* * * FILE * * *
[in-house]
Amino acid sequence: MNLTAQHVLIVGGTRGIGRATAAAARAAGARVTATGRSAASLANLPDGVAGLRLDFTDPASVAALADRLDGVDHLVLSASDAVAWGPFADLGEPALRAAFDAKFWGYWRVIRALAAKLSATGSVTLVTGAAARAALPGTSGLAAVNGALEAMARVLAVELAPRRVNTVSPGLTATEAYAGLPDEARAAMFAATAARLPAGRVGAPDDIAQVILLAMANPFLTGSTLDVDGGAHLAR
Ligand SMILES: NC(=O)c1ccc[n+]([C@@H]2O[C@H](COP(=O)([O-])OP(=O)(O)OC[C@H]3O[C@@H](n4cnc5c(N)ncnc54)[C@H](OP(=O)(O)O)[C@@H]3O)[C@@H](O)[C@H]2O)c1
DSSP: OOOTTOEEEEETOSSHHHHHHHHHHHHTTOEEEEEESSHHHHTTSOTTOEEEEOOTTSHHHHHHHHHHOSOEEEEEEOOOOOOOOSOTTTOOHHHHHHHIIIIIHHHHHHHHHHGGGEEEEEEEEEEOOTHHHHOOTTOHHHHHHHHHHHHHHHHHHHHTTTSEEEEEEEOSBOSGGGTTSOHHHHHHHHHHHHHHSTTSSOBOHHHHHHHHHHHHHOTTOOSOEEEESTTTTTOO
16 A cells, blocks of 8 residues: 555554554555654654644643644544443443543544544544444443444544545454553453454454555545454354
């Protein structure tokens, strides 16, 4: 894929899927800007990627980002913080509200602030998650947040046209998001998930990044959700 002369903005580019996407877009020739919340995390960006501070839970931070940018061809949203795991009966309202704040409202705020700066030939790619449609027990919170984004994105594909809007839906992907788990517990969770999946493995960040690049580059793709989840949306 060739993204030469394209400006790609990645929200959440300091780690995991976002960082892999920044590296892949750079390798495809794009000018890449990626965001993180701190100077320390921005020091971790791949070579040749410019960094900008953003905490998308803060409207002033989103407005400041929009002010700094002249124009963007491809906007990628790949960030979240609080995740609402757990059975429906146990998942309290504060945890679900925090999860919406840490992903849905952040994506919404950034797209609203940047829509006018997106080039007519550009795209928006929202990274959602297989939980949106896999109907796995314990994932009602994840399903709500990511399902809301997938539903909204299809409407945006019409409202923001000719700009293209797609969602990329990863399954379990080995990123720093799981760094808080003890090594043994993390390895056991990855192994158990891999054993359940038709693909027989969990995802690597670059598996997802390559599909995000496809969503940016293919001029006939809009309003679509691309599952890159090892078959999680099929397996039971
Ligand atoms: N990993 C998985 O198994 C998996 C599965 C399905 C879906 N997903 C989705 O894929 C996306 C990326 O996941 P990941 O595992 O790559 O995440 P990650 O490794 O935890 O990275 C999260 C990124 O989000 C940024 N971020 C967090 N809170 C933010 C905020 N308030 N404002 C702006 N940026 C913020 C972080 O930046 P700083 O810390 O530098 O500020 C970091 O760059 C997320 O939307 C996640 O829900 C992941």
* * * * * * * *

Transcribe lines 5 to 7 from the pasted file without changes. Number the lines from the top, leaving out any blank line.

16 A cells, blocks of 8 residues: 555554554555654654644643644544443443543544544544444443444544545454553453454454555545454354
């Protein structure tokens, strides 16, 4: 894929899927800007990627980002913080509200602030998650947040046209998001998930990044959700 002369903005580019996407877009020739919340995390960006501070839970931070940018061809949203795991009966309202704040409202705020700066030939790619449609027990919170984004994105594909809007839906992907788990517990969770999946493995960040690049580059793709989840949306 060739993204030469394209400006790609990645929200959440300091780690995991976002960082892999920044590296892949750079390798495809794009000018890449990626965001993180701190100077320390921005020091971790791949070579040749410019960094900008953003905490998308803060409207002033989103407005400041929009002010700094002249124009963007491809906007990628790949960030979240609080995740609402757990059975429906146990998942309290504060945890679900925090999860919406840490992903849905952040994506919404950034797209609203940047829509006018997106080039007519550009795209928006929202990274959602297989939980949106896999109907796995314990994932009602994840399903709500990511399902809301997938539903909204299809409407945006019409409202923001000719700009293209797609969602990329990863399954379990080995990123720093799981760094808080003890090594043994993390390895056991990855192994158990891999054993359940038709693909027989969990995802690597670059598996997802390559599909995000496809969503940016293919001029006939809009309003679509691309599952890159090892078959999680099929397996039971
Ligand atoms: N990993 C998985 O198994 C998996 C599965 C399905 C879906 N997903 C989705 O894929 C996306 C990326 O996941 P990941 O595992 O790559 O995440 P990650 O490794 O935890 O990275 C999260 C990124 O989000 C940024 N971020 C967090 N809170 C933010 C905020 N308030 N404002 C702006 N940026 C913020 C972080 O930046 P700083 O810390 O530098 O500020 C970091 O760059 C997320 O939307 C996640 O829900 C992941």